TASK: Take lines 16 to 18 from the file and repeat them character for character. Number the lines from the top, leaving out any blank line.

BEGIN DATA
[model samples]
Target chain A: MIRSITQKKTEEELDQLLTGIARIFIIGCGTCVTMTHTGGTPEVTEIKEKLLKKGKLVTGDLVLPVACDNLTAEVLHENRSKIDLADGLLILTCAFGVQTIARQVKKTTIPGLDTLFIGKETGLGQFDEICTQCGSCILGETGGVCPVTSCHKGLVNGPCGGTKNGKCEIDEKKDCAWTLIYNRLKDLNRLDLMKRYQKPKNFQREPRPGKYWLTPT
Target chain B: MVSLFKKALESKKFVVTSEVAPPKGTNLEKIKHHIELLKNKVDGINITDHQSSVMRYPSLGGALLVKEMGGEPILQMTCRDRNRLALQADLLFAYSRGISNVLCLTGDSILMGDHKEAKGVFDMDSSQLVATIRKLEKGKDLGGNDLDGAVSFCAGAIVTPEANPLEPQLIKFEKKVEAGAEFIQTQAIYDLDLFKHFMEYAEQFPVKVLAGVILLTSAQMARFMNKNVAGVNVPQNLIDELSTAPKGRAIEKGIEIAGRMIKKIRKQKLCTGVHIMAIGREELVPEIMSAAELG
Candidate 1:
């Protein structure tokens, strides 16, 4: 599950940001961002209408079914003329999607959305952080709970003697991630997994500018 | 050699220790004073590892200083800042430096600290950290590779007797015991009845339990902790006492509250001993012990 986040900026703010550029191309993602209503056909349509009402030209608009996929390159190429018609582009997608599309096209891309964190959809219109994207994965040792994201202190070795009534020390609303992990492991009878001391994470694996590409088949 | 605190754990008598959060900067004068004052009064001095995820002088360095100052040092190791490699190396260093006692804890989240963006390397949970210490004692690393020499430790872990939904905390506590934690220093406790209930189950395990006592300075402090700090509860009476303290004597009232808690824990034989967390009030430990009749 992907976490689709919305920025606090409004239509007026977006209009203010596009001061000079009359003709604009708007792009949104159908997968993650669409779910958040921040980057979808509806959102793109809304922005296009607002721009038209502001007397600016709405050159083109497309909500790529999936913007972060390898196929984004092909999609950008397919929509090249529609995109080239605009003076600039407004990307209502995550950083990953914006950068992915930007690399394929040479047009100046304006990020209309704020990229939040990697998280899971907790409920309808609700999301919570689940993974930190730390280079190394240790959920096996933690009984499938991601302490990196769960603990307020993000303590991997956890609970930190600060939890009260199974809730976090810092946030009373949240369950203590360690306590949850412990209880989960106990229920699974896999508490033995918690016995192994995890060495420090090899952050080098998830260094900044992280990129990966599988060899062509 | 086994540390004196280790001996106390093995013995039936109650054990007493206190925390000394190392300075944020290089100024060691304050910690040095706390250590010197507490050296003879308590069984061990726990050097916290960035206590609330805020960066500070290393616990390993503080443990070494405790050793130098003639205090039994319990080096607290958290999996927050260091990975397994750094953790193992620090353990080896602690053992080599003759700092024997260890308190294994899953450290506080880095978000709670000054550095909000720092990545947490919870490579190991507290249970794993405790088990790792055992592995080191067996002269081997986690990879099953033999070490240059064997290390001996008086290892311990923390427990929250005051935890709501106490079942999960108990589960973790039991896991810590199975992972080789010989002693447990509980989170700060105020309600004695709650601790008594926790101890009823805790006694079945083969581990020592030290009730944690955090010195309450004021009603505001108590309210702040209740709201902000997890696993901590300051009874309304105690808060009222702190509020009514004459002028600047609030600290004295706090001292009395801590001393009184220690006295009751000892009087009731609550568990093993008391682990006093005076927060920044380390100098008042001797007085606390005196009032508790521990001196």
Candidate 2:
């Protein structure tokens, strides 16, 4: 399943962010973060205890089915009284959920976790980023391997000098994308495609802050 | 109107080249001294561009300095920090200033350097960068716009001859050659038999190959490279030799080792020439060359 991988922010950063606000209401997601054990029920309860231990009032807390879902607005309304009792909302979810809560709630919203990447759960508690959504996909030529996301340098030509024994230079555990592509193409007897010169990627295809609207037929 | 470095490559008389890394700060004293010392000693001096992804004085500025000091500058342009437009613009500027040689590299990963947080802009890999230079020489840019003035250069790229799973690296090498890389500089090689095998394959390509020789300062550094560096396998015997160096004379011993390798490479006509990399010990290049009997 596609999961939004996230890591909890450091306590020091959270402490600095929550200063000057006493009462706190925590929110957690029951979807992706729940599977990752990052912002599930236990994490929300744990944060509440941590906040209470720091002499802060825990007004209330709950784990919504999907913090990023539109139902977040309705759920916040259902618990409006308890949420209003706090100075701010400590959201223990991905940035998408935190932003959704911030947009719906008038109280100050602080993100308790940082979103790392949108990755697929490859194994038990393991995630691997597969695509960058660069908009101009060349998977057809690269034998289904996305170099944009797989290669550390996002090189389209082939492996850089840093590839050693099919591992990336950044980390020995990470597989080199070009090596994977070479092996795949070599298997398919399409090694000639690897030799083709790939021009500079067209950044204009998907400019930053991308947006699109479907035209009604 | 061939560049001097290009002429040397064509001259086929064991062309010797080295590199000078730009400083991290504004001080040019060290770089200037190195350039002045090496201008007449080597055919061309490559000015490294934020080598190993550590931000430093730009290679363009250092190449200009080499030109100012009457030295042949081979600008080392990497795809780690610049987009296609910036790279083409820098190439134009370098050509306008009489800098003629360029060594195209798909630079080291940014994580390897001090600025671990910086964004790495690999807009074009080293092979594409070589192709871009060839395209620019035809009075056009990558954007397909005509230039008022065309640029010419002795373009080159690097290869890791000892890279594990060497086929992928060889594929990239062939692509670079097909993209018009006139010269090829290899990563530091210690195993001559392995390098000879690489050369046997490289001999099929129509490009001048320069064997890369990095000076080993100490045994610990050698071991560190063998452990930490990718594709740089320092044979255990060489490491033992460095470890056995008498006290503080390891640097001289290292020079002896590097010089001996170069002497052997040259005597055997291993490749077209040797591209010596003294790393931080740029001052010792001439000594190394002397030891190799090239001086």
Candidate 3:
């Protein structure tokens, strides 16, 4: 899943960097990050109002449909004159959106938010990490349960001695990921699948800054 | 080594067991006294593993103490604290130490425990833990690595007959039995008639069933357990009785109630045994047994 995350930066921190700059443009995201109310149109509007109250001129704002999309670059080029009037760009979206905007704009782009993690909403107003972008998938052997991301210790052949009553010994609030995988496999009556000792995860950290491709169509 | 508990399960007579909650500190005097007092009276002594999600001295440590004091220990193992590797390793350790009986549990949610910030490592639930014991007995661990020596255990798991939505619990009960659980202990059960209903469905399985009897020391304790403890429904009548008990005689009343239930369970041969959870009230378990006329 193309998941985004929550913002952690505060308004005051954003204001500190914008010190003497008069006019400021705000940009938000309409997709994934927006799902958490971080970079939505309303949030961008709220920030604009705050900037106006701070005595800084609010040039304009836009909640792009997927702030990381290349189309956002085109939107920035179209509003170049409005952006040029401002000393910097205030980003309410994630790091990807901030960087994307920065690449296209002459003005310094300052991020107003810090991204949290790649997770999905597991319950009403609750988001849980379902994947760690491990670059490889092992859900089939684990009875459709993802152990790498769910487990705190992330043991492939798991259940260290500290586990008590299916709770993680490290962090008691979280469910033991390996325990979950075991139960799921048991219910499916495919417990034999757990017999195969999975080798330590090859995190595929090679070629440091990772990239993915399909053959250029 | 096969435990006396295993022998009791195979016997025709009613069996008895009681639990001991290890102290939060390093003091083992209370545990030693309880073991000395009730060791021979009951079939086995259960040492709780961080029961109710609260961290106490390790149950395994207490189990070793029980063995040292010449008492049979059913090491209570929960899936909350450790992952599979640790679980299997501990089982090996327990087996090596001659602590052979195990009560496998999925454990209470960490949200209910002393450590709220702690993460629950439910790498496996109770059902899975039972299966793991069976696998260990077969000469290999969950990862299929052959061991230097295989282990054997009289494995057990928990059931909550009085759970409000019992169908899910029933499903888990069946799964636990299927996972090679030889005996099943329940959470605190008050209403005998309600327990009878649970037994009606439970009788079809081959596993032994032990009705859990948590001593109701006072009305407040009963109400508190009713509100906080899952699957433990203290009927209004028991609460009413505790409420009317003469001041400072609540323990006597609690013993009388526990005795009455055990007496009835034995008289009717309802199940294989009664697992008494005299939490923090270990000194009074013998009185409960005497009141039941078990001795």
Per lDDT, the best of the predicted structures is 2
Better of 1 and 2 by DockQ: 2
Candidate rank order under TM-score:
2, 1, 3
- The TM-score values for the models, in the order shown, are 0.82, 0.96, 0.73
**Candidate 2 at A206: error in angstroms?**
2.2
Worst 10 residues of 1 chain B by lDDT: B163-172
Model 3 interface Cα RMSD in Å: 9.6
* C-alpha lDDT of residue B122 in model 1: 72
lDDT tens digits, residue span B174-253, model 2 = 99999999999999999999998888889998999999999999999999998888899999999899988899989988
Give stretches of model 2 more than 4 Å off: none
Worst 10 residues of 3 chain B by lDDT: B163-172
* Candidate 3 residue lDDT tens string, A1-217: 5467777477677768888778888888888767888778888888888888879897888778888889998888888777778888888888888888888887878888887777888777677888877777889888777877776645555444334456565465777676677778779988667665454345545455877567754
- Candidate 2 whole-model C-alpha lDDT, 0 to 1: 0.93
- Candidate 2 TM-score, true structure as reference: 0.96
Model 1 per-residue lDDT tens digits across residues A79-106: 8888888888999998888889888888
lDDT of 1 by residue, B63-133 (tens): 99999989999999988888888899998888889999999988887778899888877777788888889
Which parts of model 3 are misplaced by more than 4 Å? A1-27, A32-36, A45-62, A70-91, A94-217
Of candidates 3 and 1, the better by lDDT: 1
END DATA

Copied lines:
2.2
Worst 10 residues of 1 chain B by lDDT: B163-172
Model 3 interface Cα RMSD in Å: 9.6